It takes strong leadership on the part of Bible study group leaders to keep their attention (and the attention of their group members) focused on evangelism. All too often, passion to expose others to the gospel may diminish over time. It’s a fact that newer groups are more outwardly focused and they share the gospel more frequently than established groups. As David Francis once said, “The natural inertia of any group is to turn inward.”
Savvy group leaders recognize this and do things to make sure that attention remains on sharing the gospel. If you lead a group, or if you lead others who in turn lead groups, consider the following three ways group leaders can keep the gospel front and center:
1. Connect Bible studies to the gospel. Not every Bible study beats a path to the cross. One way to share Christ’s offer of forgiveness and salvation is to build a gospel presentation into your Bible studies. Should you do that every time your group gathers? Maybe. Let the Holy Spirit help you decide that, but be ready any way. Some curriculum, like LifeWay’s Gospel Project, is specially designed to be Christ-centric; that’s a core value of that particular brand of Bible study – the editorial teams build the gospel into each lesson for you.
The Bible is full of natural ties to the cross. On the road to Emmaus (Luke 24), Jesus (in post-resurrection form and unrecognizable to two disciples) explained the gospel to them starting with Old Testament passages that were messianic. He detailed how the OT Scriptures pointed to His sacrifice on the cross. The two disciples hadn’t yet connected the Old Testament’s content to Jesus.
Jesus made the connection for them, and you can do the same as you teach. If your Bible study doesn’t have a built-in connection to the cross, it’s fairly easy to make a legitimate one. You don’t ever want to force the text to say something it doesn’t, but finding a creative way to present the gospel will become easier with practice.
2. Serve in Jesus’ name. I recently led my Bible study group to participate in two different ministry action days. We wanted to put feet to the gospel, rather than just talking about it in our Bible study group. On two occasions, we served people in our community by providing manual labor at one non-profit that feeds and clothes people, and by providing a meal to about 20 people at a homeless shelter. While we could have done these things simply to help out, I made sure the directors of those two organizations (and the people we served by participating) knew that we were at those places in the name of Jesus, serving them because He first served us when we had a great need…the need for forgiveness.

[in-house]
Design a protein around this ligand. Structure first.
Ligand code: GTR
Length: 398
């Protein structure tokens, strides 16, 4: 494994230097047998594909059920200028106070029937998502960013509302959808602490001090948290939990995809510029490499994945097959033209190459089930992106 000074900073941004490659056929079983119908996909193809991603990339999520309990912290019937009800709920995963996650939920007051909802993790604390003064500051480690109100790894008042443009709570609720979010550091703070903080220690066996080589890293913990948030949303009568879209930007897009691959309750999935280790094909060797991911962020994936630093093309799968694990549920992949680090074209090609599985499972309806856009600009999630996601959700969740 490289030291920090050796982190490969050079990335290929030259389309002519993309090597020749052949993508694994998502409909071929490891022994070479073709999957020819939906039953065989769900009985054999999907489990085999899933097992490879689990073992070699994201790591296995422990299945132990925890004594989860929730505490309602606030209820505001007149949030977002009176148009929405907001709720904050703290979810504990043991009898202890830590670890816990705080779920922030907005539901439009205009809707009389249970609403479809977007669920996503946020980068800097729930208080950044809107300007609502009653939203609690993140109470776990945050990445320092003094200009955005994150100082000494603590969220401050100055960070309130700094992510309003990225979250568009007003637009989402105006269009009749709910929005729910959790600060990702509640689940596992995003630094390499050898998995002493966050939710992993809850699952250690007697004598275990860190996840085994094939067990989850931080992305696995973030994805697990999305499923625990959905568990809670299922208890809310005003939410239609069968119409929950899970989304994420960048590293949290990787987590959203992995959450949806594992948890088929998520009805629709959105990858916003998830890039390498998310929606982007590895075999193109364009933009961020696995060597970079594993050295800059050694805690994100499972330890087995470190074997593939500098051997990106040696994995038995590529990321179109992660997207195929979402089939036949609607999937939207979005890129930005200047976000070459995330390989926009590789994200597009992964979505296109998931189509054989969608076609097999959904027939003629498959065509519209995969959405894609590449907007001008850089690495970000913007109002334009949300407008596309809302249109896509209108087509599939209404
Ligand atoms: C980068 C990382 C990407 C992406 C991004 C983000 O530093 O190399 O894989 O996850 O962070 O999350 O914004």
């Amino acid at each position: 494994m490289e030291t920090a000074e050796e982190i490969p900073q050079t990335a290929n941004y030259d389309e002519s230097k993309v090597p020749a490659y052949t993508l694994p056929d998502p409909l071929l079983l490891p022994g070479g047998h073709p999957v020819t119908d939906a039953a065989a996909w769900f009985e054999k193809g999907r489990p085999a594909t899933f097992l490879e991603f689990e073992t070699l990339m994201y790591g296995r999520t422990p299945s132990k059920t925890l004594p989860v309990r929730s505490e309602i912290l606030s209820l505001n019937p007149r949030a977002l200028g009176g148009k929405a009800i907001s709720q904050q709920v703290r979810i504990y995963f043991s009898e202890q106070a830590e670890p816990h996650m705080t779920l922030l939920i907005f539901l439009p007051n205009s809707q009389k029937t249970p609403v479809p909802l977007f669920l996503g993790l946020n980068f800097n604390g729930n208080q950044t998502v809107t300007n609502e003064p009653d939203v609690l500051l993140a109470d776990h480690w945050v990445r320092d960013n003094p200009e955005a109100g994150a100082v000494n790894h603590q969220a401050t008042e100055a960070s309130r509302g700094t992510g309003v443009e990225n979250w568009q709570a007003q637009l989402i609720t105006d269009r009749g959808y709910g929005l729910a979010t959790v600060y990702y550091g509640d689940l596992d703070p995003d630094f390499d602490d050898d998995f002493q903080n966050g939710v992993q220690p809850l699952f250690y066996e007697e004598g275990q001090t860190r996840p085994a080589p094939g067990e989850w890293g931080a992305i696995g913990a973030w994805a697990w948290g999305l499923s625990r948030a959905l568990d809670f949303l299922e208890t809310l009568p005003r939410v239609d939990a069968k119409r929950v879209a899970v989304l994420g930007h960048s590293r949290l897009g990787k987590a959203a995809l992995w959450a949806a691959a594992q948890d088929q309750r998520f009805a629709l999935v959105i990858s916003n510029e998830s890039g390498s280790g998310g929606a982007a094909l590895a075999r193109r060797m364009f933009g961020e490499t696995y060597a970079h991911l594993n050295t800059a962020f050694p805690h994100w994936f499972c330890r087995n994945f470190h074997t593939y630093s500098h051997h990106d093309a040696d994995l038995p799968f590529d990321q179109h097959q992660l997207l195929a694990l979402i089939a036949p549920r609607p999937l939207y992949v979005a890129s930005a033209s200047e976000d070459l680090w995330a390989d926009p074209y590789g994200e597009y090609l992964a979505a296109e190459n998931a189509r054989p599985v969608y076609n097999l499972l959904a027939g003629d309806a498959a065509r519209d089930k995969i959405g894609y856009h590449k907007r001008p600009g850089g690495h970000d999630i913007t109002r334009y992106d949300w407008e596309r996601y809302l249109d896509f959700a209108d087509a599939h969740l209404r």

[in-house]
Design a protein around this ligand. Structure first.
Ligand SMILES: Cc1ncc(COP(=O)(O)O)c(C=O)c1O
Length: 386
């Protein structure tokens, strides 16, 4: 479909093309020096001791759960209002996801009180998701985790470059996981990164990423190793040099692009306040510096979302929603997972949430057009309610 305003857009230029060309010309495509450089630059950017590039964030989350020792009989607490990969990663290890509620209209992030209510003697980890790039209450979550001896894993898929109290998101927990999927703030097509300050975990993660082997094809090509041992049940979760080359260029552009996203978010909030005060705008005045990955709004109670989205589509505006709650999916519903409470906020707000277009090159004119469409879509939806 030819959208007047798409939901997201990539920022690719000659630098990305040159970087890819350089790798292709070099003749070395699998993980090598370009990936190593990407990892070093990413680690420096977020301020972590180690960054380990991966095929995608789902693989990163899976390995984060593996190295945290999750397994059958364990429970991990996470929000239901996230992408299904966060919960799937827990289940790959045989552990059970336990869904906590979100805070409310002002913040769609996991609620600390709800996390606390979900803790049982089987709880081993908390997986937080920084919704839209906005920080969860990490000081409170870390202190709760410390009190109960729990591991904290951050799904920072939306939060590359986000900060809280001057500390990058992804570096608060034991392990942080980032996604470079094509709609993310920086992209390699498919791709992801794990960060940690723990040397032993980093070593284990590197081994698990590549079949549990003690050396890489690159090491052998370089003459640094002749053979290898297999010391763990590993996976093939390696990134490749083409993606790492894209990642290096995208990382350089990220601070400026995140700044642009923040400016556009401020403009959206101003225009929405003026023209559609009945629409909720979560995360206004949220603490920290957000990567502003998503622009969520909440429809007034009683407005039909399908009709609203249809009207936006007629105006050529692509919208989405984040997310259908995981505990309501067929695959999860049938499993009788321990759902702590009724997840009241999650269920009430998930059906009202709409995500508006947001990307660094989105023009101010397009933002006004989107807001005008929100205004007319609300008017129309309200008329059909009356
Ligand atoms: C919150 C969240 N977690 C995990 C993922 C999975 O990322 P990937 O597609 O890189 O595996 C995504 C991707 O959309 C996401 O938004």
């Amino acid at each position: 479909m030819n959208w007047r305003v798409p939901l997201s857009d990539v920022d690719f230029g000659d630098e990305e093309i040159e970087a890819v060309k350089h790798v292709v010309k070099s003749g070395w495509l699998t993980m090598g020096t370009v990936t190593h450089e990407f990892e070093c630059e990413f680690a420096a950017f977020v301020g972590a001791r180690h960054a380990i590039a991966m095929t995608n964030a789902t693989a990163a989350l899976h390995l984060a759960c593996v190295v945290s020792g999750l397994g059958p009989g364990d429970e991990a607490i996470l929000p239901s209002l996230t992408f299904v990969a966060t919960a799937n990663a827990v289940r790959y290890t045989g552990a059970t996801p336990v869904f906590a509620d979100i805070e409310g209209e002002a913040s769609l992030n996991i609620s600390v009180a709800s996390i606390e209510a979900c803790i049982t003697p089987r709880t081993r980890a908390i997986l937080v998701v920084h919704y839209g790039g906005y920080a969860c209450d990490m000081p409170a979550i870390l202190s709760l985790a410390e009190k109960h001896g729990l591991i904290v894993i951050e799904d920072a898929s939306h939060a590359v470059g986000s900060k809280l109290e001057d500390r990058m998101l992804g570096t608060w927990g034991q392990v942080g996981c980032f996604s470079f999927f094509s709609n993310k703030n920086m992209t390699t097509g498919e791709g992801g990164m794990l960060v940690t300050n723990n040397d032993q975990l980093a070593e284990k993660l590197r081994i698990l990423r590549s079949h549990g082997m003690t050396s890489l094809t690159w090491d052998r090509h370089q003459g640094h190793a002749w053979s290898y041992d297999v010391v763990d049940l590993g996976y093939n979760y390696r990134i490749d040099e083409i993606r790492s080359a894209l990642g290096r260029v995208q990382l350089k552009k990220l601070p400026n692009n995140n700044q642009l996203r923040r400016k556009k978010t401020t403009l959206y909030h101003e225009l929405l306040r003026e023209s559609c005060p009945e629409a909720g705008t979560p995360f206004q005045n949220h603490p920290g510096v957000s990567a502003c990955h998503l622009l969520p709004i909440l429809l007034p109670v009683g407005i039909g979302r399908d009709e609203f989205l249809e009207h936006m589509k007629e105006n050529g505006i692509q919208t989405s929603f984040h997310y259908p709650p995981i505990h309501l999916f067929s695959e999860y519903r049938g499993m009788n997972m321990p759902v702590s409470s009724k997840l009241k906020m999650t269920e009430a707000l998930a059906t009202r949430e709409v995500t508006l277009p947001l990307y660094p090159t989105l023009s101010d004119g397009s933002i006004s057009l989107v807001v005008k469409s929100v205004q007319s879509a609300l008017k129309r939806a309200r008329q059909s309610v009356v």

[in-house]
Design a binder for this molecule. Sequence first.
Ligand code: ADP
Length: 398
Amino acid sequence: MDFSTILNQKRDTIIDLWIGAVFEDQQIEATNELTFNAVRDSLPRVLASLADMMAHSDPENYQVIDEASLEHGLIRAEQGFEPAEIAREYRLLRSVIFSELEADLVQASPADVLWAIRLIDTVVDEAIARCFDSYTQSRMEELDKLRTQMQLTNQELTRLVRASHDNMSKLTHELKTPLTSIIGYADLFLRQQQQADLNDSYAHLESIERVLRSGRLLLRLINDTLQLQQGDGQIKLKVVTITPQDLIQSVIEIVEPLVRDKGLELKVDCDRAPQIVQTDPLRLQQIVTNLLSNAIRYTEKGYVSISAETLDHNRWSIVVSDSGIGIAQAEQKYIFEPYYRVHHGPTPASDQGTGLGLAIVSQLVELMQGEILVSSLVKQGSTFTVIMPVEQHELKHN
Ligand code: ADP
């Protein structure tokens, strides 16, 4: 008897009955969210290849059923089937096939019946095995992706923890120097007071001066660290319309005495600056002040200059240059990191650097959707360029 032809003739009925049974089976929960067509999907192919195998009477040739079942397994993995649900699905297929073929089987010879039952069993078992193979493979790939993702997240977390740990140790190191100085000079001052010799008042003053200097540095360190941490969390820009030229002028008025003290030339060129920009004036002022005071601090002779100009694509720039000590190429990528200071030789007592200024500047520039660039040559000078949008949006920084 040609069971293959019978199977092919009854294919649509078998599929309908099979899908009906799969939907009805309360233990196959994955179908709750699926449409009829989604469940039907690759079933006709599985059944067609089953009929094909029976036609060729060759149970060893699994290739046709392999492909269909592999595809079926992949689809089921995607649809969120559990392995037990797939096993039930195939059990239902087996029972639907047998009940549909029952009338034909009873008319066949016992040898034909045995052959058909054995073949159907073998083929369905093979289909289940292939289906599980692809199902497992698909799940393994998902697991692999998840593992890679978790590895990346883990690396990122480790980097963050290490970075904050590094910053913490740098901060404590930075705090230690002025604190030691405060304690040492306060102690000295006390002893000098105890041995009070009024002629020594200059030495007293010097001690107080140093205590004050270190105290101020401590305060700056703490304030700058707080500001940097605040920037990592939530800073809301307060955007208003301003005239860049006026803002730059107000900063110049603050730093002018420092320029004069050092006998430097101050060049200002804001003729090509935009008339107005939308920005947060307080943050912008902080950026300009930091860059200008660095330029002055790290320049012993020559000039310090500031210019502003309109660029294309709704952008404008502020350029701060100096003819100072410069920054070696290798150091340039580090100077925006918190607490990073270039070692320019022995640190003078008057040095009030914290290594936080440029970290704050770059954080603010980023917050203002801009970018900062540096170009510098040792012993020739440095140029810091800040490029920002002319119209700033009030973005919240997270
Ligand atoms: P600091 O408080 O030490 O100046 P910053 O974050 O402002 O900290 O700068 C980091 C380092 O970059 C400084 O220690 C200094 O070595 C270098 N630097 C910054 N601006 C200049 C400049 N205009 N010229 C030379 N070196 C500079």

By talking about why our group was motivated to serve, it gave us opportunities to interact with people and to talk about the gospel. No group should serve just to serve…serve in Jesus’ name and take the gospel with you as you go.
3. Practice. You’ve heard the saying, “Practice makes perfect.” When it makes sense and it fits one of the Bible studies you lead, incorporate a little practice time into your Bible study session. Have your group members pair up and present the gospel to one another in turn. Give them a safe place to think through what they’d say to another person as they explain the gospel. Afterwards, allow them a few minutes to debrief and evaluate each other’s gospel presentation. Was it clear? Did they use “churchy words” or words the average person won’t trip over? Were there any rough spots and unclear things said? Was what they presented accurate and in line with Scripture?
Do this a time or two, and you’ll help your people be better prepared when the Lord gives them a real opportunity to talk about Him to someone else. They’ll recall their experience in your group and will call on that practice to help them present the gospel for real.
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